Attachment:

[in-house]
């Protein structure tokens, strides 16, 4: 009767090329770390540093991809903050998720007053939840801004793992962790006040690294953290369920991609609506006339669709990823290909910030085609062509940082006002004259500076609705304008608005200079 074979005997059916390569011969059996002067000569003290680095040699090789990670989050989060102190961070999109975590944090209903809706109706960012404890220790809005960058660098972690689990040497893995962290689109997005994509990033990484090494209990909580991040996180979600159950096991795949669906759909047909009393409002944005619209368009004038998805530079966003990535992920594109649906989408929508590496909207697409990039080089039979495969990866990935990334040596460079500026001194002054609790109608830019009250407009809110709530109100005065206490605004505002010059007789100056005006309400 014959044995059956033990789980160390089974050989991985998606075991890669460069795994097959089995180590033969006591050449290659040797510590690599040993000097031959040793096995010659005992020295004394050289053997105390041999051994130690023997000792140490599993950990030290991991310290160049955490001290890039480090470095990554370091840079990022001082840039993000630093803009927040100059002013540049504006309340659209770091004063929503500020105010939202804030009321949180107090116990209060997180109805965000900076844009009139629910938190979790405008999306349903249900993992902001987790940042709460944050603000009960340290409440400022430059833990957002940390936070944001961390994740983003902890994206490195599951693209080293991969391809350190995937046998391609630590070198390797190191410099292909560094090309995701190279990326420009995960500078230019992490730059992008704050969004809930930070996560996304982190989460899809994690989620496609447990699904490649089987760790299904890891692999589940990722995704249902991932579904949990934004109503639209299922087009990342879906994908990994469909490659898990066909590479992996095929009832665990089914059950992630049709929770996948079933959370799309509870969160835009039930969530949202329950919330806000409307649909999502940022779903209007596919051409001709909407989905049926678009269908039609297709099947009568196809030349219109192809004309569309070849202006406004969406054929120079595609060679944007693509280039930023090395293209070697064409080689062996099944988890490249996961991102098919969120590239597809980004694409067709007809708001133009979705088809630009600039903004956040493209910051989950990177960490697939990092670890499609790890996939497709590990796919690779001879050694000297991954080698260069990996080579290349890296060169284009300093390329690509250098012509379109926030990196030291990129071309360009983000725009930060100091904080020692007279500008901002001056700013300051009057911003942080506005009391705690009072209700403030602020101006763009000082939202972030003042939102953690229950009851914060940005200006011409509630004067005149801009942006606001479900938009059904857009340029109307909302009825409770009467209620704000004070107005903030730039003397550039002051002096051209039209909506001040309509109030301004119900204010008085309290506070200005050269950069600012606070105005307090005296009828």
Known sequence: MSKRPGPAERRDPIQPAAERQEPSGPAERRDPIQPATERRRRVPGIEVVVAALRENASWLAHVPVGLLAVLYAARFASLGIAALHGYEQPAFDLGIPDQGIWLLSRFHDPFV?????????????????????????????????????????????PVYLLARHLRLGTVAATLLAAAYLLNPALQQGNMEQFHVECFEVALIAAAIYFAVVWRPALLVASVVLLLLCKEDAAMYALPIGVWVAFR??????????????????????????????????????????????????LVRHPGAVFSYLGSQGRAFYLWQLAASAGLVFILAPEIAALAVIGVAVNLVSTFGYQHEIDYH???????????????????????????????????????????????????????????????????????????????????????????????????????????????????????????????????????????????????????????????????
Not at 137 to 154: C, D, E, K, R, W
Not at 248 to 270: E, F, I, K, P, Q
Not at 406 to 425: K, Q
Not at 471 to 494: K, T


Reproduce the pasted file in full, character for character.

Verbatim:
[in-house]
């Protein structure tokens, strides 16, 4: 009767090329770390540093991809903050998720007053939840801004793992962790006040690294953290369920991609609506006339669709990823290909910030085609062509940082006002004259500076609705304008608005200079 074979005997059916390569011969059996002067000569003290680095040699090789990670989050989060102190961070999109975590944090209903809706109706960012404890220790809005960058660098972690689990040497893995962290689109997005994509990033990484090494209990909580991040996180979600159950096991795949669906759909047909009393409002944005619209368009004038998805530079966003990535992920594109649906989408929508590496909207697409990039080089039979495969990866990935990334040596460079500026001194002054609790109608830019009250407009809110709530109100005065206490605004505002010059007789100056005006309400 014959044995059956033990789980160390089974050989991985998606075991890669460069795994097959089995180590033969006591050449290659040797510590690599040993000097031959040793096995010659005992020295004394050289053997105390041999051994130690023997000792140490599993950990030290991991310290160049955490001290890039480090470095990554370091840079990022001082840039993000630093803009927040100059002013540049504006309340659209770091004063929503500020105010939202804030009321949180107090116990209060997180109805965000900076844009009139629910938190979790405008999306349903249900993992902001987790940042709460944050603000009960340290409440400022430059833990957002940390936070944001961390994740983003902890994206490195599951693209080293991969391809350190995937046998391609630590070198390797190191410099292909560094090309995701190279990326420009995960500078230019992490730059992008704050969004809930930070996560996304982190989460899809994690989620496609447990699904490649089987760790299904890891692999589940990722995704249902991932579904949990934004109503639209299922087009990342879906994908990994469909490659898990066909590479992996095929009832665990089914059950992630049709929770996948079933959370799309509870969160835009039930969530949202329950919330806000409307649909999502940022779903209007596919051409001709909407989905049926678009269908039609297709099947009568196809030349219109192809004309569309070849202006406004969406054929120079595609060679944007693509280039930023090395293209070697064409080689062996099944988890490249996961991102098919969120590239597809980004694409067709007809708001133009979705088809630009600039903004956040493209910051989950990177960490697939990092670890499609790890996939497709590990796919690779001879050694000297991954080698260069990996080579290349890296060169284009300093390329690509250098012509379109926030990196030291990129071309360009983000725009930060100091904080020692007279500008901002001056700013300051009057911003942080506005009391705690009072209700403030602020101006763009000082939202972030003042939102953690229950009851914060940005200006011409509630004067005149801009942006606001479900938009059904857009340029109307909302009825409770009467209620704000004070107005903030730039003397550039002051002096051209039209909506001040309509109030301004119900204010008085309290506070200005050269950069600012606070105005307090005296009828």
Known sequence: MSKRPGPAERRDPIQPAAERQEPSGPAERRDPIQPATERRRRVPGIEVVVAALRENASWLAHVPVGLLAVLYAARFASLGIAALHGYEQPAFDLGIPDQGIWLLSRFHDPFV?????????????????????????????????????????????PVYLLARHLRLGTVAATLLAAAYLLNPALQQGNMEQFHVECFEVALIAAAIYFAVVWRPALLVASVVLLLLCKEDAAMYALPIGVWVAFR??????????????????????????????????????????????????LVRHPGAVFSYLGSQGRAFYLWQLAASAGLVFILAPEIAALAVIGVAVNLVSTFGYQHEIDYH???????????????????????????????????????????????????????????????????????????????????????????????????????????????????????????????????????????????????????????????????
Not at 137 to 154: C, D, E, K, R, W
Not at 248 to 270: E, F, I, K, P, Q
Not at 406 to 425: K, Q
Not at 471 to 494: K, T